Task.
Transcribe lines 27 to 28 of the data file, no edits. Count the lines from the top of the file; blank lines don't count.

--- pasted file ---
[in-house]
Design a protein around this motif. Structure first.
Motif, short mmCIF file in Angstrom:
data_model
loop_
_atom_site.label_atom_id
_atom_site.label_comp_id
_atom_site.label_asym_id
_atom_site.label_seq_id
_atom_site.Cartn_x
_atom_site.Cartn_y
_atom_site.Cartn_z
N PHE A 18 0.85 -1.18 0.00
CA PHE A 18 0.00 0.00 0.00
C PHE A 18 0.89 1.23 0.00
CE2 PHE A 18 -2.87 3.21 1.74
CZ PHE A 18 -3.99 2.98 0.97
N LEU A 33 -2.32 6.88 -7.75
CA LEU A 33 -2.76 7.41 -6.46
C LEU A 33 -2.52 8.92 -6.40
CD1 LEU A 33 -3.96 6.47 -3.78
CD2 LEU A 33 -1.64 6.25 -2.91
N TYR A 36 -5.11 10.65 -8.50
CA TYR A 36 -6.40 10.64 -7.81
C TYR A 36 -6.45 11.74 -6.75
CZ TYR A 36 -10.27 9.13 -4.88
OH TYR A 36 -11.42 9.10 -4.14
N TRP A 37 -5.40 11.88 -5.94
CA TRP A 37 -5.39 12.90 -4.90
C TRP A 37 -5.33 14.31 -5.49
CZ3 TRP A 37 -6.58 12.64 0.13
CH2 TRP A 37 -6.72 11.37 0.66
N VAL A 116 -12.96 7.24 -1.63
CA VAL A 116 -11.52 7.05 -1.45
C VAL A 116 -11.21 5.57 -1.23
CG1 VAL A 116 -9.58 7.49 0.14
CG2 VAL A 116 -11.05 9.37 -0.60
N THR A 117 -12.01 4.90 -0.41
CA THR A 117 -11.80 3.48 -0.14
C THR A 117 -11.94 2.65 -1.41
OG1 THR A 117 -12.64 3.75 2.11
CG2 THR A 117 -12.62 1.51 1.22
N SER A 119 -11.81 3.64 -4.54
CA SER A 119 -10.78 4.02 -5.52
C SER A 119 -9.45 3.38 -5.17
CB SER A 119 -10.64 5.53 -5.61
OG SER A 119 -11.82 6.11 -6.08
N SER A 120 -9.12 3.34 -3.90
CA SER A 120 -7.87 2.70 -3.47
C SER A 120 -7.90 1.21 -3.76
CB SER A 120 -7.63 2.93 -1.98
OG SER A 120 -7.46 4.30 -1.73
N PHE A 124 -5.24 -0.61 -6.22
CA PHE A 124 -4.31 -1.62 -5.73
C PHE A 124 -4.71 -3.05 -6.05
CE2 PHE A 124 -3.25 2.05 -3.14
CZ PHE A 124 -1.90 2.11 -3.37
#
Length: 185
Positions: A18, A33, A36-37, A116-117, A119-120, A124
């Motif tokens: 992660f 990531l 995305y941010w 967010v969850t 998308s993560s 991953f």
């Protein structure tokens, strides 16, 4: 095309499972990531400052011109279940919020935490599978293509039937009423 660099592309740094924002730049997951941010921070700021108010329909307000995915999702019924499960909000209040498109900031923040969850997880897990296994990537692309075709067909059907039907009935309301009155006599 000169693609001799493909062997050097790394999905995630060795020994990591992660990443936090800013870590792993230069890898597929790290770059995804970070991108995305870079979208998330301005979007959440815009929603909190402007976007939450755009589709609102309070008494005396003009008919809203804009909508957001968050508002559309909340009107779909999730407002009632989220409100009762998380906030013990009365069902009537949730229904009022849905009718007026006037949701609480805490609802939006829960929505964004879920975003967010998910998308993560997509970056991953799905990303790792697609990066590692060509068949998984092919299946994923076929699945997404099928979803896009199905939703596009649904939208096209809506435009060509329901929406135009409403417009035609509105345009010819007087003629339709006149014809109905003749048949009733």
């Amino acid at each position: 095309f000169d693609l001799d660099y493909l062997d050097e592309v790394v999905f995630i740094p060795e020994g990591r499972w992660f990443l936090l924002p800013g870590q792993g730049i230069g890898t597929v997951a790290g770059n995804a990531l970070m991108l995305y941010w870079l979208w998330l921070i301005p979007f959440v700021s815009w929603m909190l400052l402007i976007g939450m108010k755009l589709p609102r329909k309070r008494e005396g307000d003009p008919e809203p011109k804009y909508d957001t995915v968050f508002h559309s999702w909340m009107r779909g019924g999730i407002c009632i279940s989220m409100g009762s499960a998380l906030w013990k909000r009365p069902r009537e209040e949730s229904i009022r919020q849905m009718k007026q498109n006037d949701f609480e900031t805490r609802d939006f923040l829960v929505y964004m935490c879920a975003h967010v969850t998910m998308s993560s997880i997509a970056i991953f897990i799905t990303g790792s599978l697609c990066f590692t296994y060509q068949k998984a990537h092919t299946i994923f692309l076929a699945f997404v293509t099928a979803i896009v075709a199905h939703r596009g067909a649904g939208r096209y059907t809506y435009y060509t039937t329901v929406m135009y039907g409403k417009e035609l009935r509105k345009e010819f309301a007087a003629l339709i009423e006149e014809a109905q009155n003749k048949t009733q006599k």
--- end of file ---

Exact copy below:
OH TYR A 36 -11.42 9.10 -4.14
N TRP A 37 -5.40 11.88 -5.94